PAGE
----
[Interest] to -fno-exceptions or not ...
thiago.macieira at intel.com
Thu Dec 11 03:03:15 CET 2014
On Wednesday 10 December 2014 20:38:20 René J.V. Bertin wrote:
> >Set the flag. I'm not sure if you'll have problems with QtXmlPatterns, but
> >I don't think you will.
> That's what I saw after reading up a bit more on the topic. But if
> QtXmlPatterns doesn't build without them, I'm stuck with -fexceptions as
> KDE uses QtXmlPatterns ...
Try and see. I think xmlpatterns.pro turns it back on, but I could be wrong.
You'll see in the output of configure whether it got enabled or not.
> BTW, you didn't confirm if -no-exceptions does or does not put a
> -fno-exceptions in the mkspecs ?
It doesn't add to the mkspec, but it does pass -fno-exceptions in the Qt
build. The difference is whether it affects other applications built with qmake:
modifying the mkspec does, the configure option doesn't.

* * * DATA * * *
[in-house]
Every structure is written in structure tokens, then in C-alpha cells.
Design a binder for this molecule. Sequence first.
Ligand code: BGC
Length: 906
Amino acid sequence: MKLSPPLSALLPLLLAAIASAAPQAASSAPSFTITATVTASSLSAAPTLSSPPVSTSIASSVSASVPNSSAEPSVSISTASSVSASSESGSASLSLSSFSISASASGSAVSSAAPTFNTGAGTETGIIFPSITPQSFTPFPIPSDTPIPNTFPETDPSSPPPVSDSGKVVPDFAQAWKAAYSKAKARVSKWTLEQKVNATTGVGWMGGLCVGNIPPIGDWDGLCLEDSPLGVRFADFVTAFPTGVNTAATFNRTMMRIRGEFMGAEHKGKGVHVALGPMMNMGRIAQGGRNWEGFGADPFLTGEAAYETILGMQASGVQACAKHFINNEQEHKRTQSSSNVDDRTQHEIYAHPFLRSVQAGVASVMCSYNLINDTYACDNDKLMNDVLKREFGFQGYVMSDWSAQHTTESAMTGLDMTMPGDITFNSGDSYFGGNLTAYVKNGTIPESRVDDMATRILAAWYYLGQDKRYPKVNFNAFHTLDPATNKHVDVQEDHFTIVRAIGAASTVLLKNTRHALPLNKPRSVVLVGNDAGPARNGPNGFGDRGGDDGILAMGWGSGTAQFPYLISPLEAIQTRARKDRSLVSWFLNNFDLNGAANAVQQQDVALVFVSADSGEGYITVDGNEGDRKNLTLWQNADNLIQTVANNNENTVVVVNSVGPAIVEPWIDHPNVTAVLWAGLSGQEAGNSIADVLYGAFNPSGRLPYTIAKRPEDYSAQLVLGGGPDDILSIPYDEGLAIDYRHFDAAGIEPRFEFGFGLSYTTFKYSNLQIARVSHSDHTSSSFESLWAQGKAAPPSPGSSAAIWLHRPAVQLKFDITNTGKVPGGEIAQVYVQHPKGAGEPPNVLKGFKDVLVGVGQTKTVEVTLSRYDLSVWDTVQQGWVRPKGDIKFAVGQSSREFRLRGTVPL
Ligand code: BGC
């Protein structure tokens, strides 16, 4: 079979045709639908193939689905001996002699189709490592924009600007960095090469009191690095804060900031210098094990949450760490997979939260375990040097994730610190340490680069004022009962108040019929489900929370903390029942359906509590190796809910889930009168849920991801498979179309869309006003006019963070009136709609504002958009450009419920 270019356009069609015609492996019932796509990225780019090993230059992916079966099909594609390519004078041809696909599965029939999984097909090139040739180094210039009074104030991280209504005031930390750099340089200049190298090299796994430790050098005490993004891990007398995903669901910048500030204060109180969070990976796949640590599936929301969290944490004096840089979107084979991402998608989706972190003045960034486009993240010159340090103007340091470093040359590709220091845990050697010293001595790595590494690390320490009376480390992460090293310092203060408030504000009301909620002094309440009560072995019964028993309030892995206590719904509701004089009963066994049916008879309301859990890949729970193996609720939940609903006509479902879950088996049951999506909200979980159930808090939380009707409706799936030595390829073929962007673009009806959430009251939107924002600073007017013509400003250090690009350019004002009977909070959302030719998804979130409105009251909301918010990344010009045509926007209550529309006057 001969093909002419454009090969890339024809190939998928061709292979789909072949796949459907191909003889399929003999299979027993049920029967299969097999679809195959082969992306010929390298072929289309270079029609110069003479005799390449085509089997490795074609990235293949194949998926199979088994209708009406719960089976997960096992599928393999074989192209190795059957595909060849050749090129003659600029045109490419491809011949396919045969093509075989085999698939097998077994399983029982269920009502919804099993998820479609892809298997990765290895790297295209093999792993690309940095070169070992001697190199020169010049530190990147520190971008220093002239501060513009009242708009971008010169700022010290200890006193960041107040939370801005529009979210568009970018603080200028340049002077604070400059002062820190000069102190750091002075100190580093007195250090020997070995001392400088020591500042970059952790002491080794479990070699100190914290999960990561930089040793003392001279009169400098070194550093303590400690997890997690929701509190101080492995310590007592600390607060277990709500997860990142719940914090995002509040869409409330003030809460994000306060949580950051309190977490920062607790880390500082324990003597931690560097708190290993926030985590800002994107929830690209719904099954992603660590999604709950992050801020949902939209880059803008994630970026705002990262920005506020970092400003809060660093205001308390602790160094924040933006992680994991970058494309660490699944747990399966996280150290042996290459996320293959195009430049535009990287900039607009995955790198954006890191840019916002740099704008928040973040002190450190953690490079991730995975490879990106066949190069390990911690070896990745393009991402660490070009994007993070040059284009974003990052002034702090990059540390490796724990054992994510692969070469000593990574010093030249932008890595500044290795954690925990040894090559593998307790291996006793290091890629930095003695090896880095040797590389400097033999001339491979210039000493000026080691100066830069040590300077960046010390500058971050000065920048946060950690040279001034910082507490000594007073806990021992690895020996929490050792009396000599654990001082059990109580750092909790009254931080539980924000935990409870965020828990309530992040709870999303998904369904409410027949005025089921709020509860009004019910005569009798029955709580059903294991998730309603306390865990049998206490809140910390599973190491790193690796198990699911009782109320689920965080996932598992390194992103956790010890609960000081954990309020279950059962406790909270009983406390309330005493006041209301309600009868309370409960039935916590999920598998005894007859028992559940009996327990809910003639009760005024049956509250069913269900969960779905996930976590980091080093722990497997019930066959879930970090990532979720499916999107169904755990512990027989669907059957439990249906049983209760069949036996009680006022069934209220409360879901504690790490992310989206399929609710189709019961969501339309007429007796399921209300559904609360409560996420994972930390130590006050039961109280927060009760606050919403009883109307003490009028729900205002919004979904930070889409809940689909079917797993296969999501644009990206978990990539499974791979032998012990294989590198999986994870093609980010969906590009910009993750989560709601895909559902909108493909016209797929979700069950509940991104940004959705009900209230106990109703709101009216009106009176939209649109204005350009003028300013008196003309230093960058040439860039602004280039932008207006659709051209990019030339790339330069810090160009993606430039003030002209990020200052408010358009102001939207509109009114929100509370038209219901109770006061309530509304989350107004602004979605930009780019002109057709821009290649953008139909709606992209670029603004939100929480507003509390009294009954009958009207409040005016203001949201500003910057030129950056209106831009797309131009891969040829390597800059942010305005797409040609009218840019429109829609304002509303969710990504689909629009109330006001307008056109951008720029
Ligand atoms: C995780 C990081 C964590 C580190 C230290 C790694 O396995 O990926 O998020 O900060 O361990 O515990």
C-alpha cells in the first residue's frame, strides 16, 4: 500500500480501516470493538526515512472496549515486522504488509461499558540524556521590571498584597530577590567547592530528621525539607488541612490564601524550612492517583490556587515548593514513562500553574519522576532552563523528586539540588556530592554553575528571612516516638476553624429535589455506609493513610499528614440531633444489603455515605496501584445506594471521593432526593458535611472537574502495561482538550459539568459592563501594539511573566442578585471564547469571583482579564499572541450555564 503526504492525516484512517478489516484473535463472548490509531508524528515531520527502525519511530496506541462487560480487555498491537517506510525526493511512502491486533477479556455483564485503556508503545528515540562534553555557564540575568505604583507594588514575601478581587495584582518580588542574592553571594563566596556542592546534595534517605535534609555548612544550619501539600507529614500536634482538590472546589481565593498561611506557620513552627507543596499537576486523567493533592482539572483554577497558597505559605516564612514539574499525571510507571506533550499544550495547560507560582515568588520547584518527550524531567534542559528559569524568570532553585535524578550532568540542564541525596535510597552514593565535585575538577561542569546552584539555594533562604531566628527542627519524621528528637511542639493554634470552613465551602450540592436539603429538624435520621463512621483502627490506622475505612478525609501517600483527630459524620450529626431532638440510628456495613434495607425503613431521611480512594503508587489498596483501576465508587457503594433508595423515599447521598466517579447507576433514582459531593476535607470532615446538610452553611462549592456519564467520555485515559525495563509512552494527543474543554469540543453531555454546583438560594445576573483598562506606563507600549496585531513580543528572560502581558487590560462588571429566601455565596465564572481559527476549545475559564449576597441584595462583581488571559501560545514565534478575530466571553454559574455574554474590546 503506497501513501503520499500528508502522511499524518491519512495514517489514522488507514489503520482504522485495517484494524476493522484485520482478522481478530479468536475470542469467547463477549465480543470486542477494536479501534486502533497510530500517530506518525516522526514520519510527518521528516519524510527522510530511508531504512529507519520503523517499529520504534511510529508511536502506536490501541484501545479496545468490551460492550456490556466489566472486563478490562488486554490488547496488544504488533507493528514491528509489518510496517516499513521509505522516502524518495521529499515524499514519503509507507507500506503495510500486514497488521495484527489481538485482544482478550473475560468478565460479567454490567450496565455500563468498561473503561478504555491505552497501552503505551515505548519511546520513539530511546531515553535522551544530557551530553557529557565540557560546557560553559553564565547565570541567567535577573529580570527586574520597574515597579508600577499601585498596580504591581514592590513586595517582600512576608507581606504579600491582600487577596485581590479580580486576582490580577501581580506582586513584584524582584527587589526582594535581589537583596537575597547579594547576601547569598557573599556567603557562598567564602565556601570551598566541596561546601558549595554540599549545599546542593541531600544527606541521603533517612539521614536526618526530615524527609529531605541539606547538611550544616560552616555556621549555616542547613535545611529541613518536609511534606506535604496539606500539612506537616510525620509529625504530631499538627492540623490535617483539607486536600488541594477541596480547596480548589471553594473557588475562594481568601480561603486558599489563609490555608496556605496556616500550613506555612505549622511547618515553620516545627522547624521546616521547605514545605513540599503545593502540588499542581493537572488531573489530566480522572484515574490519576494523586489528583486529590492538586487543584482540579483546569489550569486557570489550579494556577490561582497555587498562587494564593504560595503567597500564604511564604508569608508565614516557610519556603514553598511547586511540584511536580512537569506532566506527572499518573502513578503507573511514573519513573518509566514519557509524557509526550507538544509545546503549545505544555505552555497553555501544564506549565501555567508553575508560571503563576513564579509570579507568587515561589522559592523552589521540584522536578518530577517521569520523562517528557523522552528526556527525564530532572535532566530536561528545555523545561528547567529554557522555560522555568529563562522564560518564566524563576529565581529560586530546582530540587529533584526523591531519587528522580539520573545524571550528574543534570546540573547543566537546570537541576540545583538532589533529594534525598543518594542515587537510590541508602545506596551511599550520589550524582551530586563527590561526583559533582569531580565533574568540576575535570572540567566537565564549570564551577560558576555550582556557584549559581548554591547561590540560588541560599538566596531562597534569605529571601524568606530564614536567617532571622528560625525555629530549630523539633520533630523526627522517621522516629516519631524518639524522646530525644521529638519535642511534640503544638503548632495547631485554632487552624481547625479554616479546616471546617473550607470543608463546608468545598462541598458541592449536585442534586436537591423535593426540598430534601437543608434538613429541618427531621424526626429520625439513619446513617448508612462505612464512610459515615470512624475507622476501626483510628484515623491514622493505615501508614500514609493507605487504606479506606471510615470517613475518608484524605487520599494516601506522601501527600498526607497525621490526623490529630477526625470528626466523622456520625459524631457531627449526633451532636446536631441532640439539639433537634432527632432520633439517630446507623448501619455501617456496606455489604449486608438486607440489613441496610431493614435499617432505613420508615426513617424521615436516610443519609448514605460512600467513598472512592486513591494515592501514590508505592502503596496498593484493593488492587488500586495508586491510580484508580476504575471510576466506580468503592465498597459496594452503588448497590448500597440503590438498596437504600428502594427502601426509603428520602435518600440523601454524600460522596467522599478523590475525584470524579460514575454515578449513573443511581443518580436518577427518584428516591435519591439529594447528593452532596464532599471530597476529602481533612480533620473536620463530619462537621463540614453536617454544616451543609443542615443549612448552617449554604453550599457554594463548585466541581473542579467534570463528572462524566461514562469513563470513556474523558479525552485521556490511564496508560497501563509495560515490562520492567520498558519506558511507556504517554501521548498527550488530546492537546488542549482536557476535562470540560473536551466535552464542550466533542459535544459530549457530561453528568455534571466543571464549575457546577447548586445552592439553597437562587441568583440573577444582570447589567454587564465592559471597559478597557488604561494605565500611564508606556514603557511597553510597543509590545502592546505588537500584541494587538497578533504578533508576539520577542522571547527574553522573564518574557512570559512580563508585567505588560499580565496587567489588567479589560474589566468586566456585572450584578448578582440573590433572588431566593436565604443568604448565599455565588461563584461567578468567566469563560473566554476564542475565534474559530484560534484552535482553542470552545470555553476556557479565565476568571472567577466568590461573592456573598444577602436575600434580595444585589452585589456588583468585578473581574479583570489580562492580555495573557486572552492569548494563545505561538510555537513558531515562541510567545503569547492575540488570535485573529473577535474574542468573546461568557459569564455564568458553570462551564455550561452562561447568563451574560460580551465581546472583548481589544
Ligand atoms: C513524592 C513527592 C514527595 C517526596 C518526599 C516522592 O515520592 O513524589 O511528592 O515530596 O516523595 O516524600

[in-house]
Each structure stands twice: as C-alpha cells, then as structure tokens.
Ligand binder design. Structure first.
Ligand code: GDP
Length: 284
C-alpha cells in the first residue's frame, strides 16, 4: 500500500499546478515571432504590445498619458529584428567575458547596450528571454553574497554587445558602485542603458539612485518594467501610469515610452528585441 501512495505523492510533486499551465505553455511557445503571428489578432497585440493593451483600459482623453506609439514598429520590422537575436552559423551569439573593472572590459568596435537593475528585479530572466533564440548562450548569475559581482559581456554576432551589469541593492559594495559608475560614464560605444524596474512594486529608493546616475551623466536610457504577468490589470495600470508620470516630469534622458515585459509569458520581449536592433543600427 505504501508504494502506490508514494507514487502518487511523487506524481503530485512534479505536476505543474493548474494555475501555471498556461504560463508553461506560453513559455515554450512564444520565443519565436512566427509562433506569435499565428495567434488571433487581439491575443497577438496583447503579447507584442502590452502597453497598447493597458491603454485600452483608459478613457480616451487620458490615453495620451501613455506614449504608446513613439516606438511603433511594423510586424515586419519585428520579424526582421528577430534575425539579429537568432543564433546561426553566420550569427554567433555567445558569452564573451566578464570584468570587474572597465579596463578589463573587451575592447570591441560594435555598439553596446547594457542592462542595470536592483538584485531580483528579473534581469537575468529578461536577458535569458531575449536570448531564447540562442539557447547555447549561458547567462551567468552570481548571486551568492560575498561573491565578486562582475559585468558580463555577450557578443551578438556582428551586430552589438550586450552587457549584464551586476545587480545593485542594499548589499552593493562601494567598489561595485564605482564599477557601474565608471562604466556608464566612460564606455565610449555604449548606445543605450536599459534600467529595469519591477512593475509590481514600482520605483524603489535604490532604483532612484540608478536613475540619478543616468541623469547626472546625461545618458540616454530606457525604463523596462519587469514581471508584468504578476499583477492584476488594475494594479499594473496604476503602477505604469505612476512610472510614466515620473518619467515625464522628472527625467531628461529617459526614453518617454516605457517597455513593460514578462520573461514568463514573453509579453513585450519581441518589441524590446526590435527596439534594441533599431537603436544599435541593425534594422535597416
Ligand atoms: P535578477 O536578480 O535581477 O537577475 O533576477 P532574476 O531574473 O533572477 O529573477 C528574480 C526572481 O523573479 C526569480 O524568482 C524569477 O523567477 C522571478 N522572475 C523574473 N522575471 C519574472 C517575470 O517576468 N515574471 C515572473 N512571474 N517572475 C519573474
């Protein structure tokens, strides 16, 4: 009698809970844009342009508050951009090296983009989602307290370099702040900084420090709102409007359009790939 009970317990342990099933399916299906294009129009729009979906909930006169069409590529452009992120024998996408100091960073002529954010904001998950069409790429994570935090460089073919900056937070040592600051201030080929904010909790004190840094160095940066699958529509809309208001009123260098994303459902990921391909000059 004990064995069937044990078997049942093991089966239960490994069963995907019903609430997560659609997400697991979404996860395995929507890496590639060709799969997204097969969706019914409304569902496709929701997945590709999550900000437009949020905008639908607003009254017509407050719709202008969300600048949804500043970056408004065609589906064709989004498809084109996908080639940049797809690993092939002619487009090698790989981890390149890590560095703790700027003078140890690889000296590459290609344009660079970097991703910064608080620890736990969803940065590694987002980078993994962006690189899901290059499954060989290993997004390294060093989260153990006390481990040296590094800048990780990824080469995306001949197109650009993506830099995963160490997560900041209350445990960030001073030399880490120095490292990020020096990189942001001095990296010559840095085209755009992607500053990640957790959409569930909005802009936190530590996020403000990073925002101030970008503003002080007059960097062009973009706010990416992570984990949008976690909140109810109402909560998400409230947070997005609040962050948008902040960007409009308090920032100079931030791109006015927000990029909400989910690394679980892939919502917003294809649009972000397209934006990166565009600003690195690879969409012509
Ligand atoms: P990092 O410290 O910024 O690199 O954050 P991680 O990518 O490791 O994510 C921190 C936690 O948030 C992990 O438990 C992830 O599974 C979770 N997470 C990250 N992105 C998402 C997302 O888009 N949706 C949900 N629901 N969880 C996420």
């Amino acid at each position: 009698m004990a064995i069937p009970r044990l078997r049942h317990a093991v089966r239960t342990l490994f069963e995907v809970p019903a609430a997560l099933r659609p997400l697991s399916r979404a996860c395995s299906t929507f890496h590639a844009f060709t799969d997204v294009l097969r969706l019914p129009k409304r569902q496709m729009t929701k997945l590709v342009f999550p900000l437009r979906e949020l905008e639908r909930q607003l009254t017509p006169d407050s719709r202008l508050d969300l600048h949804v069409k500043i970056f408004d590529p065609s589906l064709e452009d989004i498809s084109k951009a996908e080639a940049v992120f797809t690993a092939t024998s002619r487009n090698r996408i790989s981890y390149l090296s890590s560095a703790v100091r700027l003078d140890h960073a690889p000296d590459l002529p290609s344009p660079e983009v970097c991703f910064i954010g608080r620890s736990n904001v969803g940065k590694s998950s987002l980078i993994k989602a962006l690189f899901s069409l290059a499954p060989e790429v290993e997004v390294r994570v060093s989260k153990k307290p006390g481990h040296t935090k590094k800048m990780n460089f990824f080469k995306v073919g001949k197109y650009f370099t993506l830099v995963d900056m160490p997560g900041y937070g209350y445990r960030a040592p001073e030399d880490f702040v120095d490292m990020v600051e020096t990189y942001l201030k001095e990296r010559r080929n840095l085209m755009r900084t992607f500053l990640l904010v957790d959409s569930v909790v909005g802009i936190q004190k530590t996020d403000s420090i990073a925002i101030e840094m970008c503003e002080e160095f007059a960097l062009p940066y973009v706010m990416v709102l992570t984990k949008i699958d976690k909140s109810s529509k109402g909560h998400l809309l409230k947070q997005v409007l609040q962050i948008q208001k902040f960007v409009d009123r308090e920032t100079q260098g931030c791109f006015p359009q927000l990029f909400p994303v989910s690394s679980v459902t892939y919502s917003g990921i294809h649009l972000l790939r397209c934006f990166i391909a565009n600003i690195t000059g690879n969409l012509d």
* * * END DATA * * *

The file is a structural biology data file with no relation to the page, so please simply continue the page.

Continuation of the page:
> >Yes. Note we're talking about memory usage, not about code execution
> >performance. The exceptional code paths and the exception tables need to be
> >loaded in memory, even if you never use them. And since Qt does not ever
> I understood that, but loading into memory is not an instantaneous
> operation, so if the overhead is large enough to be worth mentioning, the
> load time overhead must be measurable too.
You have to measure. The exception tables themselves mustn't be larger than a
few pages. The big difference is the exceptional code paths. I don't know how
big the size difference is. In any case, I'm more concerned about L1 cache
misses than the actual size.
> Fortunately, when comparing the memory footprints between Qt/KDE(4) and Mac
> native applications, the balance is usually very much in favour of the
> >Qt 5 made the option of compiling all modules except for QtCore and
> >QtXmlPatterns without exceptions.
> Why make it an option, if they're not used internally?
It's not an option.
Thiago Macieira - thiago.macieira (AT) intel.com
Software Architect - Intel Open Source Technology Center
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